We ended up watching the Gemini Awards on Sunday night, despite our best intentions. And it was like watching a car accident in slow motion.
For my money the Geminis have never reached the heights they did in 1996 when Albert Schultz hosted and performed a heartbreaking tribute to Casey and Finnegan. That was, I think, the introduction of ironic detachment to the proceedings; every awards show since they’ve tried to top 1996, and they’ve not succeeded yet.
Host George Stroumboulopoulos, who is cooler-than-hip in his day job as host of The Hour, performed his hosting duties completely absent of ironic detachment (perhaps he thought the very fact of hosting itself was ironic enough?). As a result he came off looking like a lame Jon Stewart impersonator, and a clumsy one at that.
Any of the “innovations” introduced to the show this year — most noticeably and embarrassingly the “let’s interview winners on the podium so that they don’t go long,” an idea that melted down before our very eyes — seemed forced. Trying to squeeze the live TV event down into an hour, which meant that we only got to see the “important” awards sandwiched in between endless comedy bits, sucked the life of the whole thing — it’s important to see the gawky composers, self-involved writers and awestruck lighting designers receive awards on national television and, what’s more, it makes it clear that there’s craft in that thar medium.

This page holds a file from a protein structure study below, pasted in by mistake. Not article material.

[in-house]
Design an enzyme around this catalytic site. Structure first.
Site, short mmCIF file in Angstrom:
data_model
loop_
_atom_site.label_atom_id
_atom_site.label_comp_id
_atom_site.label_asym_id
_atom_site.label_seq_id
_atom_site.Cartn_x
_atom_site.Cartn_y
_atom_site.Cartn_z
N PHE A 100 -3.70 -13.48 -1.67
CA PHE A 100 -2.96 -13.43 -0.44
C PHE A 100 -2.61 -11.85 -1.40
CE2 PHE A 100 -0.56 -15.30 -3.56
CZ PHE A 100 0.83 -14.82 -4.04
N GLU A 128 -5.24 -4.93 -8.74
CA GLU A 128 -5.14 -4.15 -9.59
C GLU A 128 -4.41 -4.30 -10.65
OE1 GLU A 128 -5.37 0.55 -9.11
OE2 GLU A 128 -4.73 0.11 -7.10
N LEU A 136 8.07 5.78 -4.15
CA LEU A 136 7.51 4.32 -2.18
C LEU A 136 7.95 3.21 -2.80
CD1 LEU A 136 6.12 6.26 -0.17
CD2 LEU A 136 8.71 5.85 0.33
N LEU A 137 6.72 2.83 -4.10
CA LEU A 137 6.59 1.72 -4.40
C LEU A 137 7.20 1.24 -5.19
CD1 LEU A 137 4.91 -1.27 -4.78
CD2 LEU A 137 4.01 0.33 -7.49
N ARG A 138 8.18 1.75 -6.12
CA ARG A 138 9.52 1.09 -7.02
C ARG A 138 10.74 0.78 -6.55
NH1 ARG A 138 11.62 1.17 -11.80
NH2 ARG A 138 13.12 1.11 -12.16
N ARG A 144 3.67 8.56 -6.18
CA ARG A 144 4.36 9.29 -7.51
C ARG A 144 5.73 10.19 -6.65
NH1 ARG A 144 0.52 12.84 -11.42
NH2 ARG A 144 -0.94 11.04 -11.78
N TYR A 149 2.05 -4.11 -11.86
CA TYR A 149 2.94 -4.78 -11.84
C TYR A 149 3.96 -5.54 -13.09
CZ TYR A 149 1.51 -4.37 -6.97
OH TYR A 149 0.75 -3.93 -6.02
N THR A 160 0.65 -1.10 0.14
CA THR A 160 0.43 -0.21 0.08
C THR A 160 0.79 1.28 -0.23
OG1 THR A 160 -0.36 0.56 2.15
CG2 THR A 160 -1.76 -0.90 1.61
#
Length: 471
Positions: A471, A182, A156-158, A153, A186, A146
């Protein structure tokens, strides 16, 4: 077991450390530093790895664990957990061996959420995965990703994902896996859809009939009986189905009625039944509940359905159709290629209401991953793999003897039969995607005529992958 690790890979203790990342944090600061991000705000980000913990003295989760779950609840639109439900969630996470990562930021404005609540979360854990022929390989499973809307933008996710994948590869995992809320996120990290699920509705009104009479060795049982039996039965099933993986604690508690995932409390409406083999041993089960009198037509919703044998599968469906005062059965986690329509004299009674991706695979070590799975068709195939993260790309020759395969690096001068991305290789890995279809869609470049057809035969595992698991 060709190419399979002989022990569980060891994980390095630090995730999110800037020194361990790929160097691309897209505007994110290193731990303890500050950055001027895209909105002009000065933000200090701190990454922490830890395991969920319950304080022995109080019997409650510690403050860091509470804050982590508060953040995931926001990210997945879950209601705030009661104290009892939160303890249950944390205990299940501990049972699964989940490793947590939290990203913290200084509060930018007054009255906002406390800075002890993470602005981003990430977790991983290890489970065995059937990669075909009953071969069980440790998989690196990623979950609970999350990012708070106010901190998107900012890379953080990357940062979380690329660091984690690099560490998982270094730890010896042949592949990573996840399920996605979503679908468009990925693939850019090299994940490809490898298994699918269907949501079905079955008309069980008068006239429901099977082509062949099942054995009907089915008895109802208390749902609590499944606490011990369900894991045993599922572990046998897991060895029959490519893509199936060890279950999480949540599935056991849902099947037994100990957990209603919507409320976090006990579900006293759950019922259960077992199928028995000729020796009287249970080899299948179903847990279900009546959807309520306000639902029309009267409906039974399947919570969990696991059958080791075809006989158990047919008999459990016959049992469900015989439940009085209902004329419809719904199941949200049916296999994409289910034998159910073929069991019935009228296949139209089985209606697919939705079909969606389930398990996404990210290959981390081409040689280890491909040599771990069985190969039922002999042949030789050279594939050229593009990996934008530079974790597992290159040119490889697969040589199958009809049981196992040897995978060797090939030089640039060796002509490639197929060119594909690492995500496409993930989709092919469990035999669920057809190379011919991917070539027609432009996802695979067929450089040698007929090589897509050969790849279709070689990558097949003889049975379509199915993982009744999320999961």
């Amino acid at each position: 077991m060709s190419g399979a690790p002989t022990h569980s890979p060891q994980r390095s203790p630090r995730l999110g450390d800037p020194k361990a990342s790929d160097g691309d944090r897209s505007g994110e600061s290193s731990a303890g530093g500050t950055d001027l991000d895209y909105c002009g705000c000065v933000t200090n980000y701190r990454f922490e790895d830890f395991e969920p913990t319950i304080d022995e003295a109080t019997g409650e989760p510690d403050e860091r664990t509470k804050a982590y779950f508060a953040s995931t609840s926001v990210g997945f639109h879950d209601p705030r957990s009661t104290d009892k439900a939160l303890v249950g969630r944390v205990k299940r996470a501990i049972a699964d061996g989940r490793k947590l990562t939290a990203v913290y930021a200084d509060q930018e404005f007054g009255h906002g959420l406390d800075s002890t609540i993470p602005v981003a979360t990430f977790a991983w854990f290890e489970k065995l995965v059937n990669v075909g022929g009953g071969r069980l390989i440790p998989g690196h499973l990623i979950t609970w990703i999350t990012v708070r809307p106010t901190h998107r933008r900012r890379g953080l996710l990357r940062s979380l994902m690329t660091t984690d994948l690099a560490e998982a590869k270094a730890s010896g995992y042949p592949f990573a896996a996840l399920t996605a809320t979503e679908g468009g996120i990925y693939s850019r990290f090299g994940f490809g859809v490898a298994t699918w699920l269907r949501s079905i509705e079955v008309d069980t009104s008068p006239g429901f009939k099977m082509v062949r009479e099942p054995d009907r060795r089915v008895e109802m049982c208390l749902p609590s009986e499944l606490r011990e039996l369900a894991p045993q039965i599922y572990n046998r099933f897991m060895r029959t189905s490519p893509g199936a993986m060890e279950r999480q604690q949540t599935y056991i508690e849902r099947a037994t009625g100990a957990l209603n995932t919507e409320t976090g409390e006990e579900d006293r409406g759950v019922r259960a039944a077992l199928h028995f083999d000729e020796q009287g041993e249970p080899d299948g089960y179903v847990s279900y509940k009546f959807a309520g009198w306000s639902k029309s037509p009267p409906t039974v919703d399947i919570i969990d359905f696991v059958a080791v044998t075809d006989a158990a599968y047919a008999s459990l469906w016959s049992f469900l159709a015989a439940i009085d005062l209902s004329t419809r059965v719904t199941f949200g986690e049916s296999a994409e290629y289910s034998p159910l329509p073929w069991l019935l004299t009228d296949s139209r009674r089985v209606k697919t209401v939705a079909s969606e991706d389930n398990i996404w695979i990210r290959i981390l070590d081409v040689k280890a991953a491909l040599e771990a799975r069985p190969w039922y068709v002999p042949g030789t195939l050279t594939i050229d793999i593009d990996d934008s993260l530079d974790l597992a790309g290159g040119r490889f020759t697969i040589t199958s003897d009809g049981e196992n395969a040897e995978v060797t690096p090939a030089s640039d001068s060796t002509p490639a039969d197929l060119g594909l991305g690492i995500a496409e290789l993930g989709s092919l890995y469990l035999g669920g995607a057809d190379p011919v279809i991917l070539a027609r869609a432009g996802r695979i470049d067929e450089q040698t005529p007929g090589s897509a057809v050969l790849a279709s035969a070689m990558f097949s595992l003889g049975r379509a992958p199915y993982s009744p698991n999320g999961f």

Perhaps the most depressing thing about this year’s Geminis is that they laid bare the desert that is Canadian television: when the best we have to offer is Corner Gas and Slings and Arrows (a show that, no matter how good it’s purported to be, has been seen by perhaps 2 dozen people), you realize that, for all intents and purposes, there is no Canadian television being produced any longer.